Case study 3: Women’s Economic Interest Groups, Senegal

Woman sieving rice, Senegal. Credit, Engility Bruno Déméocq.

Woman sieving rice, Senegal. Credit, Engility Bruno Déméocq.

Women are often constrained within production and processing areas of a value chain, because they lack access to information, capital, technical skills and the confidence needed to engage in more complex activities such as bulk marketing, export markets, or higher value-adding activities. By forming Economic Interest Groups (EIGs) women can pool resources, share knowledge and provide support to one another, allowing them better access to higher-value markets.

In response to urban demand, women in the city of Thies, Senegal created an EIG to engage in processing local raw products into ready-to-use products. The EIG Keur Tafsir Makhary helps its 15 women members develop and improve food-processing techniques to diversify the types of products they can commercialise.

The EIG members transform a variety of products including maize, honey, cassava, fruits and vegetables. Following a sharp rise in rice prices between 2007 and 2008 the group took the initiative to start making couscous out of cassava, which they now market from their homes or local shops as an alternative to rice. Cassava couscous and flour are their most popular products.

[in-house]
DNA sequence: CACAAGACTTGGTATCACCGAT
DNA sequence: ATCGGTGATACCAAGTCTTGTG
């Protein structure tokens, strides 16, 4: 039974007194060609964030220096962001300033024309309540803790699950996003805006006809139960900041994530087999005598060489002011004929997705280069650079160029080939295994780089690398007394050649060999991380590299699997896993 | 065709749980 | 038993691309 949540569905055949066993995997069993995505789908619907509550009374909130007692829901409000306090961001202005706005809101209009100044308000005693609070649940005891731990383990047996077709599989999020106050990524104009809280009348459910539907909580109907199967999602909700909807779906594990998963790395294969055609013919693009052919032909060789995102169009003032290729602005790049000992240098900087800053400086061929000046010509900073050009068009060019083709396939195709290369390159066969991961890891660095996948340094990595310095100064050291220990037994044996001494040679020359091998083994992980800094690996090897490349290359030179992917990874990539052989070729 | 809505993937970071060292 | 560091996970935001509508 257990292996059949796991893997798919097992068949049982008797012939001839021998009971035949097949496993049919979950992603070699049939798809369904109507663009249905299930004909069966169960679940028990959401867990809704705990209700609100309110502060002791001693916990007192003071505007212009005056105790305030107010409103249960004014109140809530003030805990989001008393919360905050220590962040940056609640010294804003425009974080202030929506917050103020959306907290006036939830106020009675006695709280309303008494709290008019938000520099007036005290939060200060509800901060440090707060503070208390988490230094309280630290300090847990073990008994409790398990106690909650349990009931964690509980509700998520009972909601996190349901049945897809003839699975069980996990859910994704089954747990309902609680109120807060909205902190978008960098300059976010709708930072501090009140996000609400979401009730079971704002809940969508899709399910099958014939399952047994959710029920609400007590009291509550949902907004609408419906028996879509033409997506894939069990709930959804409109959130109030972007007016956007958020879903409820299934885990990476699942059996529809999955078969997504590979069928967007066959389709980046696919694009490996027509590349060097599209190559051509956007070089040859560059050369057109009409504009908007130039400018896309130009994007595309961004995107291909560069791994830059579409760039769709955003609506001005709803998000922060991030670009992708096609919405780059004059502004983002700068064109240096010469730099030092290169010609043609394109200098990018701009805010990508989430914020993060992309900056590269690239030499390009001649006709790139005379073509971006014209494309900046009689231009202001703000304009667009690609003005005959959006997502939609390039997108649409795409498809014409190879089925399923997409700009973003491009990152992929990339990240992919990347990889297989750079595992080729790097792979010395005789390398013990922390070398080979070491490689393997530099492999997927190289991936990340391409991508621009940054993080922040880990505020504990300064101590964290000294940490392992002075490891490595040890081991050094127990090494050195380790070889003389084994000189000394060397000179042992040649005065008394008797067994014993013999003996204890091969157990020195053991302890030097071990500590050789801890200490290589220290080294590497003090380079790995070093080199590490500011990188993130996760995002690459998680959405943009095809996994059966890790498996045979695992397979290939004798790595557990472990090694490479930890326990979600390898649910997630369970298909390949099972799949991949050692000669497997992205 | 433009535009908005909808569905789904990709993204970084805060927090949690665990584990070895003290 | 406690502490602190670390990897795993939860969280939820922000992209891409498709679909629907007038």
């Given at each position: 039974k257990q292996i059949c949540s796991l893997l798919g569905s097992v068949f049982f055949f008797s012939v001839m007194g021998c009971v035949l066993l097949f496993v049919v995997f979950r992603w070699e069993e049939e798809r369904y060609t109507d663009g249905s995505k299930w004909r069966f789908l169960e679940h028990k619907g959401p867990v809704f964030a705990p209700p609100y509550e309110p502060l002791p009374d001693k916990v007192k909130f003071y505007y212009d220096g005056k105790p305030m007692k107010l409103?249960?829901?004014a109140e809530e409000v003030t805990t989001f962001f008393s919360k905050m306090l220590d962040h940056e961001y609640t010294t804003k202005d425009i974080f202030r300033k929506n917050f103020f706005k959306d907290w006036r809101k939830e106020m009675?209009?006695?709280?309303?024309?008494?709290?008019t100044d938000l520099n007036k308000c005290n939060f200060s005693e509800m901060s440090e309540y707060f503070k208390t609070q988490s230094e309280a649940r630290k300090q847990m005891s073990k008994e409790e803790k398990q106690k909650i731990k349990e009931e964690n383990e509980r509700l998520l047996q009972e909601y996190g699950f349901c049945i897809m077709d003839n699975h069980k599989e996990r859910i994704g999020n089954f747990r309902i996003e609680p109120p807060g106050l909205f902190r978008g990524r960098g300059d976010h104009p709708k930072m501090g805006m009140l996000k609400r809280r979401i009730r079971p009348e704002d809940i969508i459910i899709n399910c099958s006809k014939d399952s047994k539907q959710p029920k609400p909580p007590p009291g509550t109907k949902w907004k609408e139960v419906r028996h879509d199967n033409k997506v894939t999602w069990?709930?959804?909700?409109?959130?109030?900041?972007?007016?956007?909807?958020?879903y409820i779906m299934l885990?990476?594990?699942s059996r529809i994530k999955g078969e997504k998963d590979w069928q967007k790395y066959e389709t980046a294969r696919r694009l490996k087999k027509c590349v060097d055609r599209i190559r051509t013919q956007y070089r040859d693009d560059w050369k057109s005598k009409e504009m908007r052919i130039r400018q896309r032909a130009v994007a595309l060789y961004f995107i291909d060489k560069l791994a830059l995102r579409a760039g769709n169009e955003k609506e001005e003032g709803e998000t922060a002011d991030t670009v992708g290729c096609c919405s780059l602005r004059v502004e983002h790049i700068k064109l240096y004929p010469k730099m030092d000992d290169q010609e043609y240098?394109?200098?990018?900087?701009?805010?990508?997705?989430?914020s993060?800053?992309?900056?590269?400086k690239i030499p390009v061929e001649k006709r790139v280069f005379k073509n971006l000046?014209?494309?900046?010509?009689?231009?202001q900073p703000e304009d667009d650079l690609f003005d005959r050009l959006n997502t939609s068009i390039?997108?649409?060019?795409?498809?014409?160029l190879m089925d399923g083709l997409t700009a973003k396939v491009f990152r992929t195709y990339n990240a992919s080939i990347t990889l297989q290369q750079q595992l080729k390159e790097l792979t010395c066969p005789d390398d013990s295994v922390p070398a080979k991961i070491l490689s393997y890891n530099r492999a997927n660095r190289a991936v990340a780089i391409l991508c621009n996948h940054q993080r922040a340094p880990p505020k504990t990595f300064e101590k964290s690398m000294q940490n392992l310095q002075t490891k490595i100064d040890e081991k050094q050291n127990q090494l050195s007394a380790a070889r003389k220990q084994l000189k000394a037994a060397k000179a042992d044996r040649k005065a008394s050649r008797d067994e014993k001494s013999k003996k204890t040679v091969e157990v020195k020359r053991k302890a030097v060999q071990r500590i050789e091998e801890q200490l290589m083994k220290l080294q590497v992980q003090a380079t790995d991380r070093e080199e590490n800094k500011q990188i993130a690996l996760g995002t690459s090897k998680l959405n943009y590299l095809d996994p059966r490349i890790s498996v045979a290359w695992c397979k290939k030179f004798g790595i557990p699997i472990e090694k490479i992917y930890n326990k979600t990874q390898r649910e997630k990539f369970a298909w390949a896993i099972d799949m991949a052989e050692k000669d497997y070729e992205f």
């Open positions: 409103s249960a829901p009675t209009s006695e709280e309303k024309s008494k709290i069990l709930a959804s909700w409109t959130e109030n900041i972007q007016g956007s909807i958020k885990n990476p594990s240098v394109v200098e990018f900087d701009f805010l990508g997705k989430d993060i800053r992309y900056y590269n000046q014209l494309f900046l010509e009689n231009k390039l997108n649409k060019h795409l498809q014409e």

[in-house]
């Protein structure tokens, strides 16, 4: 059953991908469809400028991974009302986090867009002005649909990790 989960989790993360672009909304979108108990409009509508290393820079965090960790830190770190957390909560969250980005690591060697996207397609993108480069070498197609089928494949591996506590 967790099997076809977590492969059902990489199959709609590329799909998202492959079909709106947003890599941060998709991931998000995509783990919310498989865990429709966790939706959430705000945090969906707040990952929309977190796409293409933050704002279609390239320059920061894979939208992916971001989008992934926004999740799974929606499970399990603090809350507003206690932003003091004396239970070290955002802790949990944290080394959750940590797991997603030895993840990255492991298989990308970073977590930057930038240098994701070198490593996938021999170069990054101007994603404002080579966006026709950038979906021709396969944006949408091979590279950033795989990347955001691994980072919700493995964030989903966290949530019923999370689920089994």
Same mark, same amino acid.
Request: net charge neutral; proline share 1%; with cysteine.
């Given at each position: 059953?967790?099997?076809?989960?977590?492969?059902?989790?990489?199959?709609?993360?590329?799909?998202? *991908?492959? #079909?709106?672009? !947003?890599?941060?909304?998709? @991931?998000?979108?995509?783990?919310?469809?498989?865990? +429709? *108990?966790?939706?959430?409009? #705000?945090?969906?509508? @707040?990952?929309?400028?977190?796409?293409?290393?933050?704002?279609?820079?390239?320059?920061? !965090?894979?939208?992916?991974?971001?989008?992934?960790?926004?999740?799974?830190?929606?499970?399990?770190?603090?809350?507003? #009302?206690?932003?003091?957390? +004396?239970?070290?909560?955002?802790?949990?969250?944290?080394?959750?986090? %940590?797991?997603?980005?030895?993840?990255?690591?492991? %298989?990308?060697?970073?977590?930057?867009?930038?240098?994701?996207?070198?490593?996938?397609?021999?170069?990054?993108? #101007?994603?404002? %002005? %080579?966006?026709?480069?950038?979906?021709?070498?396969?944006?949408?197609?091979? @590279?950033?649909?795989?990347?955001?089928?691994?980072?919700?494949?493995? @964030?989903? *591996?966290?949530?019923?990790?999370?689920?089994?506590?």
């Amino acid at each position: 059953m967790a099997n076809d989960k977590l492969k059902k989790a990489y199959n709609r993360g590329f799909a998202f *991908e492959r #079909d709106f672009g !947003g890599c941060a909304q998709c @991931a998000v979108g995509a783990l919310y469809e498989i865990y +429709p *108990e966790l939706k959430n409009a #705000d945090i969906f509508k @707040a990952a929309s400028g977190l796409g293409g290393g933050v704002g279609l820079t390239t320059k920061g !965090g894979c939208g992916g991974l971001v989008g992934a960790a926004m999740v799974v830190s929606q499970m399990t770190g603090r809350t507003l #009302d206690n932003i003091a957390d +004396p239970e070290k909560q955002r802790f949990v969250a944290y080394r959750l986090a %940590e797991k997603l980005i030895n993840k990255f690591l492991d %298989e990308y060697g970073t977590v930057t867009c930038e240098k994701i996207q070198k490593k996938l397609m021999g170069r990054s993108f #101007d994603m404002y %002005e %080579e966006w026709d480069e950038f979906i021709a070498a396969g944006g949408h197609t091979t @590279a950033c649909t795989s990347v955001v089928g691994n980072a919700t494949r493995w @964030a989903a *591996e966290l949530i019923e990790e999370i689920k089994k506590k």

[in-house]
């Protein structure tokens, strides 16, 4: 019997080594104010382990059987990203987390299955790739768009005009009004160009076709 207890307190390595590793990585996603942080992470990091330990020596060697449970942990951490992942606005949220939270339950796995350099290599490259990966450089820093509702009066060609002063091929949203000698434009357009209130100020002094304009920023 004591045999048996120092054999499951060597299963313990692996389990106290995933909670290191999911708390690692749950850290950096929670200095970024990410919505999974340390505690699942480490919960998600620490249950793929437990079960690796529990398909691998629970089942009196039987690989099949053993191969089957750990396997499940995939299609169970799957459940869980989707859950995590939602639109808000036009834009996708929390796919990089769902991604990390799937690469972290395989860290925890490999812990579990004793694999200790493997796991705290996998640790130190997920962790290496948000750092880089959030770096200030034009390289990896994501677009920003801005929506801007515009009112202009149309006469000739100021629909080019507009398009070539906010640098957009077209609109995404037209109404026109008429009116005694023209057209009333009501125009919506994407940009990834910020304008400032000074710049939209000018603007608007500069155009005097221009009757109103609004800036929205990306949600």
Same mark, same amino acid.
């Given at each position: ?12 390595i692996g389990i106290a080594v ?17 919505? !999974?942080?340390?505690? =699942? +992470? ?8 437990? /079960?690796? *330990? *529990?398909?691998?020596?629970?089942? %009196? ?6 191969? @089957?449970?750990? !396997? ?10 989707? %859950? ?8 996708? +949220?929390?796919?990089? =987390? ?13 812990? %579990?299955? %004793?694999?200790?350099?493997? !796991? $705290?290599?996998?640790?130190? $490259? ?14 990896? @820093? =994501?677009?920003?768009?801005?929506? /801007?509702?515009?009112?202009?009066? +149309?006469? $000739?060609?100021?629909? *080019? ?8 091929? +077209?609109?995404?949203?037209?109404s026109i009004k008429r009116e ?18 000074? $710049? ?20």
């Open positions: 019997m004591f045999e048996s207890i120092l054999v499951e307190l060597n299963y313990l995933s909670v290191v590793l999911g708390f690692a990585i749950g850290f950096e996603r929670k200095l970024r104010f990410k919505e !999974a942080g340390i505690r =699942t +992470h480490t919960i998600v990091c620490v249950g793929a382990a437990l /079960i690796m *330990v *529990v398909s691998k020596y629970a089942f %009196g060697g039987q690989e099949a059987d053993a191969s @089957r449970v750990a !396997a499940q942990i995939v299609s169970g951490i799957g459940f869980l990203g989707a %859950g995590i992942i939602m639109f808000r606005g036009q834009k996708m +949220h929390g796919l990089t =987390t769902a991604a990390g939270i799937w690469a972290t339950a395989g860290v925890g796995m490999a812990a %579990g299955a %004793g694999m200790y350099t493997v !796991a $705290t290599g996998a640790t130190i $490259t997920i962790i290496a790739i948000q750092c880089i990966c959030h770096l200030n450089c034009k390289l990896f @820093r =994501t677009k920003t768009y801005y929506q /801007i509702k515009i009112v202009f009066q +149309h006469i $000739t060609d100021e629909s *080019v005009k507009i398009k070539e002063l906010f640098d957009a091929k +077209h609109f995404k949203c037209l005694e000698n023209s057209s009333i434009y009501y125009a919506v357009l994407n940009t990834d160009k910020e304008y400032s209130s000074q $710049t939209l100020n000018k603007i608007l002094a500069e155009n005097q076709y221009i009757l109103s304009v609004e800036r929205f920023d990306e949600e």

Whilst the EIG has had a positive impact on the women’s revenue, it remains to be seen how the EIG can better position itself in markets for processed products. Members still face several challenges: maintaining a steady supply of raw products, especially the cereals they have to buy; overcoming technical difficulties related to the lack of suitable equipment; obtaining adequate training and transport; improving labelling and packaging; and expanding points of sale.[1]

 

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